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John Sanzone, a Cambridge City Council candidate, has decided to end his campaign following revelations this week that he had posted racist and homophobic comments on Stormfront.org, a white supremacy website, when he was a teenager.
Following reports in The Cambridge Chronicle about his past online comments, Sanzone took to Facebook, making public his desire to withdraw himself not only from the election but also local politics more broadly.
“I am withdrawing completely from Cambridge public life, with a great deal of regret,” Sanzone wrote.
The online statements under scrutiny began in 2004, when Sanzone was a teenager and continued into his time at college, Sanzone told The Crimson in a statement.
Sanzone wrote in an email that his past comments have “no relationship whatsoever” with his current views. In a statement to The Chronicle, Sanzone, who is gay, described himself as closeted and “obviously in denial” when he took to the white supremacy website looking for “some sort of belonging.”
In the wake of the revelations, some fellow City Council candidates spoke out in support of Sanzone.
“It’s diametrically opposed to the way he is today,” said Jan Devereux, a City Council candidate. “I believe he’s trying to do good things for the city.”
Dennis Carlone, a current City Council member, likewise agreed that Sanzone had changed since the time of his online comments.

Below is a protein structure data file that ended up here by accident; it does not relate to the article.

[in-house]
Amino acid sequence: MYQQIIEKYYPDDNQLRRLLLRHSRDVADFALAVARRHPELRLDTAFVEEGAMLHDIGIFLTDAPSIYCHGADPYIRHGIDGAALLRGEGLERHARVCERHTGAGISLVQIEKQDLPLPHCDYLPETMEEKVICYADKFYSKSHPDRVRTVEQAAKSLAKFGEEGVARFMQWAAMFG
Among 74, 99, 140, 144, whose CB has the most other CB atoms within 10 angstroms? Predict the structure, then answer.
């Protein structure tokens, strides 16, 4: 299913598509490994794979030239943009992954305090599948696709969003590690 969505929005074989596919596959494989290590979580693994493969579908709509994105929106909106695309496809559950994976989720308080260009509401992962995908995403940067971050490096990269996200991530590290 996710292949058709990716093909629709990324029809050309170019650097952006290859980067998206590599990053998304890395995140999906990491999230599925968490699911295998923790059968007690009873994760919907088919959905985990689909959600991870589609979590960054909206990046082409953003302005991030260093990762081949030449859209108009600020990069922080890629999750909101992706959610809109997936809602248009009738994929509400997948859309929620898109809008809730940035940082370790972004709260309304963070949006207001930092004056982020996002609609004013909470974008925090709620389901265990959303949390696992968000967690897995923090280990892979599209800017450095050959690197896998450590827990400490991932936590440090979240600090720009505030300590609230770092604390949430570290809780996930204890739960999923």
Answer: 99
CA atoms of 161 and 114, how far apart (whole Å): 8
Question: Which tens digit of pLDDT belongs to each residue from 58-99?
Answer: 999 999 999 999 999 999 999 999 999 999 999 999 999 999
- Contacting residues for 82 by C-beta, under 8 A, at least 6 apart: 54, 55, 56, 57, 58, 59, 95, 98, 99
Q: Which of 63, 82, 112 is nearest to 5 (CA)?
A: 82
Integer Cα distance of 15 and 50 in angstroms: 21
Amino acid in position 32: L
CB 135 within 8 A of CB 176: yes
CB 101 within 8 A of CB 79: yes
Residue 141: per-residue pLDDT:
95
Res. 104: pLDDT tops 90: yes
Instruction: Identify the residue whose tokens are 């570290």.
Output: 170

“I believe that, today, John is a mature, accepting person and not the person that we see in those words from his youth,” Carlone wrote in an email.
Members of the Slate for Cambridge, of which Sanzone was a member prior to the revelations, spoke out against Sanzone’s past comments, yet were supportive of his work in Cambridge.
“Slate for Cambridge candidates didn’t know of his past beliefs and condemn them in the strongest terms,” the group wrote in a joint statement. “We’re also encouraged by the empathetic public response from a city that has come to know John for who he is now—an active, inclusive community member working to make Cambridge a better place.”
While Sanzone has said that he no longer wishes to participate in Cambridge civic life, the ballots had been printed and Sanzone will still be listed as a candidate, according to Tanya L. Ford, the executive director of the Cambridge Election Commission.
Although he had never held an official position in Cambridge government, Sanzone was known as a strong advocate for local transit issues.
“Over the last few years, I made Cambridge my everything, and whatever I was in my younger days has nothing to do with who I am today. I’m sorry I was not a better person,” Sanzone wrote on Facebook.
—Staff writer Samuel Vasquez can be reached at email@example.com. Follow him on Twitter @svasquez14.
—Staff writer Hanl Park can be reached at firstname.lastname@example.org.
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